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Make Database Security Patching Consistent

Oracle EBS (E-Business Suite) customers have always been left a little behind by technological innovations happening at Oracle. Since 18c, Oracle Database has offered a new feature called Read-Only Oracle home (OH). However I haven’t noticed much traction for this feature. Looking through EBS 12.2 interoperability, Oracle doesn’t even mention this feature as an option in the first place — so you may wonder why you should even care.

Current IT demands pipelines, automation, repeatability, consistency and many other modern trends. These are hard to achieve with Oracle RDBMS (Relational Database Management System) software as design concepts haven’t changed for decades. Oracle home contains executables, configuration files, log files, audit files and backup files all tangled together called Oracle Software. And as a DBA you have to keep security patches up to date each quarter of the year, meaning staging and applying patches through the dev-uat-prod cycle.

It’s a lot of work to do without some form of automation. However, if you apply patches for every instance using OPatch, how can you guarantee that software you’re running dev on is the same that will eventually land in prod? Maybe in dev you did some back and forth with overlay patches, maybe troubleshot some edge cases and forgot to put some settings back — there are many possible scenarios.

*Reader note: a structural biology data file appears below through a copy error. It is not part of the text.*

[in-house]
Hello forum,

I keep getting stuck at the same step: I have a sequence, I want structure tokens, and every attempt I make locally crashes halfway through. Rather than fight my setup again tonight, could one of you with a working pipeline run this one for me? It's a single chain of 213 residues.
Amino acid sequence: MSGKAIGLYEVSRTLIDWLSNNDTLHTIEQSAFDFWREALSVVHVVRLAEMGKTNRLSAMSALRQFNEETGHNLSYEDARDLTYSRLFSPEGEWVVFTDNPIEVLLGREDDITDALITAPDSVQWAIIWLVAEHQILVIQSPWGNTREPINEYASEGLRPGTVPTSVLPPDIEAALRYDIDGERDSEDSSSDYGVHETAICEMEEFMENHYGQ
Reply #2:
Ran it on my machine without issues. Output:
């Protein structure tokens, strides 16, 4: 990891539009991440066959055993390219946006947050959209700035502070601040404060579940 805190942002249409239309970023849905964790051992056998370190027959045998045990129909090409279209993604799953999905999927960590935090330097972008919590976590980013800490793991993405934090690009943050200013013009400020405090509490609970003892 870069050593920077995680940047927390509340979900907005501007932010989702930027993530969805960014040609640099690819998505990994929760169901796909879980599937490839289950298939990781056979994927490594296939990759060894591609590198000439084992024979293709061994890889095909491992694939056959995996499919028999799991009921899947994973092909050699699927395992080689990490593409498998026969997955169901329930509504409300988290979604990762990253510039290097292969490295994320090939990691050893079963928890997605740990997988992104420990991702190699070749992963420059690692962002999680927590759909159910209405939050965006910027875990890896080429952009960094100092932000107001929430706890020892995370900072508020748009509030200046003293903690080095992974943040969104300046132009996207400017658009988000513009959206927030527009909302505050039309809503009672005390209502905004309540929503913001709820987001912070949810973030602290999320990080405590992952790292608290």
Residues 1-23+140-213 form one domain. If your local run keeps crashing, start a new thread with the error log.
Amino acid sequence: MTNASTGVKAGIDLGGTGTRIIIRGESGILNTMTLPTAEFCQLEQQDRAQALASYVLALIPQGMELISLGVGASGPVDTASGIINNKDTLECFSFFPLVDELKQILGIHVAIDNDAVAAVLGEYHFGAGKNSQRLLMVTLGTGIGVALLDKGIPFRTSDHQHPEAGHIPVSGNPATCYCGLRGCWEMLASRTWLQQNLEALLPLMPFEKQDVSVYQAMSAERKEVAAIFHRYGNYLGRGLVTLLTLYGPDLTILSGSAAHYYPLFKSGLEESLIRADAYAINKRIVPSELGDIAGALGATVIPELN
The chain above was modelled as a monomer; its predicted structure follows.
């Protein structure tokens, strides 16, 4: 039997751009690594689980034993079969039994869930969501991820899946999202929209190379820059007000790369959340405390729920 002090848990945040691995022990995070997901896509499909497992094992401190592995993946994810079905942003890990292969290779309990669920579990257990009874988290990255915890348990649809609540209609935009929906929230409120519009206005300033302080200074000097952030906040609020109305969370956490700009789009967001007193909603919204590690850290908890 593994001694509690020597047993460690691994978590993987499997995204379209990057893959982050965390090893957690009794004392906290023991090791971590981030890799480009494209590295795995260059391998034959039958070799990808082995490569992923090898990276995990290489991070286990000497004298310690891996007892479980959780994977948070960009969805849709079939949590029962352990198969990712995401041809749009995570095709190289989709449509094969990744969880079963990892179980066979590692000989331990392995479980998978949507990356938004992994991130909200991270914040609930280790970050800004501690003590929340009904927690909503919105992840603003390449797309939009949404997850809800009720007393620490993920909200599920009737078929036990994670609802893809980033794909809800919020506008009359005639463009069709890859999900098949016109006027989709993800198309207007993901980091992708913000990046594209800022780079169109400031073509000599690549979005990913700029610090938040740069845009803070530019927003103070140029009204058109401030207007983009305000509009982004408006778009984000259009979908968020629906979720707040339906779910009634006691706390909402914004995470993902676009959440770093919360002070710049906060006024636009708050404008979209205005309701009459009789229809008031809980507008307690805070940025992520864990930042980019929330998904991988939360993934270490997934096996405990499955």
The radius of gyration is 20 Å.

You may think, “But that’s how Oracle does RDBMS patching; we’ve been doing that for decades and so far we haven’t faced an issue.” Well, like me, you might have to someday explain to auditors why OPatch dates differed between uat and prod.

Is there a way to fix it?

Yes there is.

First, let’s look at the software part of OH, and what’s required for Oracle EBS to work. What if Oracle Home setup looked something like this:

   - CURRENT_OH(s) --> OH_2021_Jan
   - OH_2020_Oct
   - OH_2021_Jan
       - dbs(s) --> ${ORACLE_BASE}/dbs
       - appsutil(s) --> ${ORACLE_BASE}/appsutil
       - network/admin(s) --> ${ORACLE_BASE}/tns_admin
       - rdbms/audit(s) --> ${ORACLE_BASE}/rdbms/audit
   - OH_n
   - dbs
   - tns_admin
   - appsutil
   - audit
 (s) - symlink

Yes, it involves a lot of symlinks, but configuration and runtime is fully decoupled from actual software. Our hands and imagination are free from here on.

Where do we start? Obviously with RDMBS home. To make it easy to understand let’s assume we’re preparing for next-quarter PSU (patch set update) patching. So, as Oracle releases Oracle E-Business Suite Release 12 Critical Patch Update Knowledge Document and the newest ETCC (E-Business Suite Technology Codelevel Checker), we start applying patches on dev. We get all the conflicts and one-offs in place, and tests come back showing that it’s ok to move on to uat.

Usually, we would have instructions written in some document, we would have staged a lot of patches and we’d repeat the same steps over and over for all the environments. This immediately opens up the possibility of human error (e.g. not noticing the applied patch failed due to a sqlplus os process, or something similar).

To avoid that, let’s archive the already patched Oracle home, but let’s do it the smart way. We don’t need DBS or logs, appsutil or audit; we can skip all the trash not needed for other environments. (You can also skip OH/.patch_storage if you don’t plan to use OPatch against those new instances, if — having using OH for a while — it’s getting big. But be sure to keep those records somewhere, in case you need them one day). Please see the below example: